Why Fart Thou? Sonorous Sonnet (Pedontic)
(In keeping with my practice of modeling some of my poetry on other poems, I adapted a Sicilian Petrarchan to create these two new, very similar, ones: two riffs on the same theme. ‘Pedo’ is a vulgar Spanish word for ‘fart’.)
Oh why fart thou my bedmate I pray?
Dost thou not love me, like I do thee now?
Am I to have lost my nose scents this day
When I endureth thy inanity, in bed with thou?
Why does thou treat a dear bedmate this way?
To be ashamed, I wouldst for the endow
For a gaseous impunity has now fled astray.
My nostrils burn, eyes are watering, and how!
Harken, ‘twas a rumbling noise I didst hear,
Hidden ‘neath the your olde pillows three,
My tortured senses now shaketh with fear
Mayhaps tis flatus, what else could it be?
“Twas another ill wind? How drear my dear;
With all that poison, I departeth from thee.
Petrarchan Ill Wind Breaking
With apologies to serious poets & those who love poetry
Oh don’t fart thou my crude friend, Okay?
Dost thy not respect me, you smelly sow?
Am I to be with your stink and odor today,
When I shareth my table at home with thou?
Why dost thou treat an acquaintance this way?
To be shamed, I wouldst hope thee avow.
Your understanding of decent bounds is astray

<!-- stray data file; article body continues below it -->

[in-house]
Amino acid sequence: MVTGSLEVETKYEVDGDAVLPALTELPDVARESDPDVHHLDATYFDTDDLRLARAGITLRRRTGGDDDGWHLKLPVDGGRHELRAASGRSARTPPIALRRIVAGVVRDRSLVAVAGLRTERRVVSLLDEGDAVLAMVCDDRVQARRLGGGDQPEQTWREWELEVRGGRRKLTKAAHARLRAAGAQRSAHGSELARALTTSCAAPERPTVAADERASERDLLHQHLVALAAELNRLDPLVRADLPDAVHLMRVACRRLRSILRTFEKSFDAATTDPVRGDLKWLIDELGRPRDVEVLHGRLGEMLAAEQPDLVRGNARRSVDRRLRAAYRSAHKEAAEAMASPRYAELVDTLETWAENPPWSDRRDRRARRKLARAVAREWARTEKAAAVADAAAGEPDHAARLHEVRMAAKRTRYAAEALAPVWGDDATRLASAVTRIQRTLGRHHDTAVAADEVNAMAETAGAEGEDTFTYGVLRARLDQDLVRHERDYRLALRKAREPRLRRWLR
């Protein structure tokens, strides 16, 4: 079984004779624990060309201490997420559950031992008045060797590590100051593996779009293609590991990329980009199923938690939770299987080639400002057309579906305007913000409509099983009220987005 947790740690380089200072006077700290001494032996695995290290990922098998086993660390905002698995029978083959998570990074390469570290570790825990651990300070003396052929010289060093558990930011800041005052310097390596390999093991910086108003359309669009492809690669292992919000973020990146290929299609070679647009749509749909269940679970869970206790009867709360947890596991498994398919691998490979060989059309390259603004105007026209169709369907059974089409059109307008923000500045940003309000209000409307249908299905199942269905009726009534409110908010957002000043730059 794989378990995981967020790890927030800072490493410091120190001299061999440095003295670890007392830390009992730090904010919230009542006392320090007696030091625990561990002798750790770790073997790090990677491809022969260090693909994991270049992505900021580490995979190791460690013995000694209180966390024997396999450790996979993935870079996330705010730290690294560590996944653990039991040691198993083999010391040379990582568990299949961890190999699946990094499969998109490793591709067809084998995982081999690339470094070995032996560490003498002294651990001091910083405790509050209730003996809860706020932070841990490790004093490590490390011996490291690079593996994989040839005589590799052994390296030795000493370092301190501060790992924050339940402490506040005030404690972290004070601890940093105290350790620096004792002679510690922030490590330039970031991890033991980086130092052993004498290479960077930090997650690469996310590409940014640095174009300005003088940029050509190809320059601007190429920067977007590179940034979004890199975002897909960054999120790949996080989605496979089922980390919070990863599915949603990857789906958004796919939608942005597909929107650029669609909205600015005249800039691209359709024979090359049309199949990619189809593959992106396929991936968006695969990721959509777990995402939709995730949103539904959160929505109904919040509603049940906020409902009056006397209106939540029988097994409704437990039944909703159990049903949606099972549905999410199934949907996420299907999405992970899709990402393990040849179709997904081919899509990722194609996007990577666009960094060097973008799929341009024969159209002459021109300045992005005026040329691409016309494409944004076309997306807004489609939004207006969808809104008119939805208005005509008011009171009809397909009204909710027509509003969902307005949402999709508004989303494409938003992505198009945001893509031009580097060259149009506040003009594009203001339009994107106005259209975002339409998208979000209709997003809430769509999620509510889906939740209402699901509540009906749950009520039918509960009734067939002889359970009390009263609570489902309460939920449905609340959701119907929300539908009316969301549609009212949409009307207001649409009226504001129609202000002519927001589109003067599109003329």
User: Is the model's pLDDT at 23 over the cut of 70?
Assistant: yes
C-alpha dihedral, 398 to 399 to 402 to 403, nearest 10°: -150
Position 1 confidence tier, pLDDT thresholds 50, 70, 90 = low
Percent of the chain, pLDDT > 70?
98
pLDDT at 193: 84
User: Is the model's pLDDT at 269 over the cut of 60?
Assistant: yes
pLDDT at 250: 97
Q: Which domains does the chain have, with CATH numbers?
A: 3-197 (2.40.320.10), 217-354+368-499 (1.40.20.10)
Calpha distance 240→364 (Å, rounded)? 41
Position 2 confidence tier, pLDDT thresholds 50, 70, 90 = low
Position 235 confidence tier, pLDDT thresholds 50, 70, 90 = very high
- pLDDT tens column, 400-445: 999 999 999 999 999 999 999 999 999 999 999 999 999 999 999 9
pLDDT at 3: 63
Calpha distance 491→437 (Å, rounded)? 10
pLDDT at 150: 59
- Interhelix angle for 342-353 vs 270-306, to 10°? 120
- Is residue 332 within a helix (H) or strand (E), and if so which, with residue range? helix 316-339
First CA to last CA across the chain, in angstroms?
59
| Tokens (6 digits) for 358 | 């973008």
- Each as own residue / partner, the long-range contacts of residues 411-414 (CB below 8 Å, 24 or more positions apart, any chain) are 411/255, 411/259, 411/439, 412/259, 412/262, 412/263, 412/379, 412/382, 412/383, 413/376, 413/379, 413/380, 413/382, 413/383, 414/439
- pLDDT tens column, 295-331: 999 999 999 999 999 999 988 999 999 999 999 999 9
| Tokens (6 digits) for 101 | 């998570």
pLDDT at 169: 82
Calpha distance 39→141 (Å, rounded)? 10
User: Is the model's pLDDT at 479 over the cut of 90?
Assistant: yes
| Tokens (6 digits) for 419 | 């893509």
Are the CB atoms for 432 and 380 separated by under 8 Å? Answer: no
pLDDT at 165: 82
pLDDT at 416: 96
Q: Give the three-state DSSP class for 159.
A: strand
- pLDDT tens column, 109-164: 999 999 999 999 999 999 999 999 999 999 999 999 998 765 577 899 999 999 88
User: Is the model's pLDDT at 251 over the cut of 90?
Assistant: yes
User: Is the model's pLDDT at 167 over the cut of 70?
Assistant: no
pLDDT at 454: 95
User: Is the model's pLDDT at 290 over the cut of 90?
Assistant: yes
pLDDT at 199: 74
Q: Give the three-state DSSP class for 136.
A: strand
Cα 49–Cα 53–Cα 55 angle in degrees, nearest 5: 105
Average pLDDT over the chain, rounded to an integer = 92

Civility prohibits fight, I only raise a brow.
“Harken, twas a ripping sound I didst hear,
‘Neath your comforter, a noxious spree.
Your trembling body announces, I fear
Another flatulent explosion soon to be.
Twas an apt foretelling, my eyes did sear:
With tears I rise give notice and flee.
This was the serious poem that triggered my buffooneries.Where Art Thou. Sicilian Sonnet (Petrarchian)
Posted January 13th, 2010 by willow
Oh where art thou my dearest lover I pray,
Dost thy not love me, like I do thee now,
Am I to have lost my true honour this day
When I shareth my vanity, alone with thou,
Why dost thou treat a poor maiden this way,
To be shamed, I wouldst for thee endow
For alas my purity hast now fled astray
My forsaken chastity taketh a final bow.
Harken, `twas a broken twig I didst hear,
Hidden `neath the olde sweeping, willow tree,
My trembling body now shaketh with fear
Mayhaps tis my lover, most precious be he,
"Twas that thee my love? oh my dearest dear
With all my person, I trembleth, for thee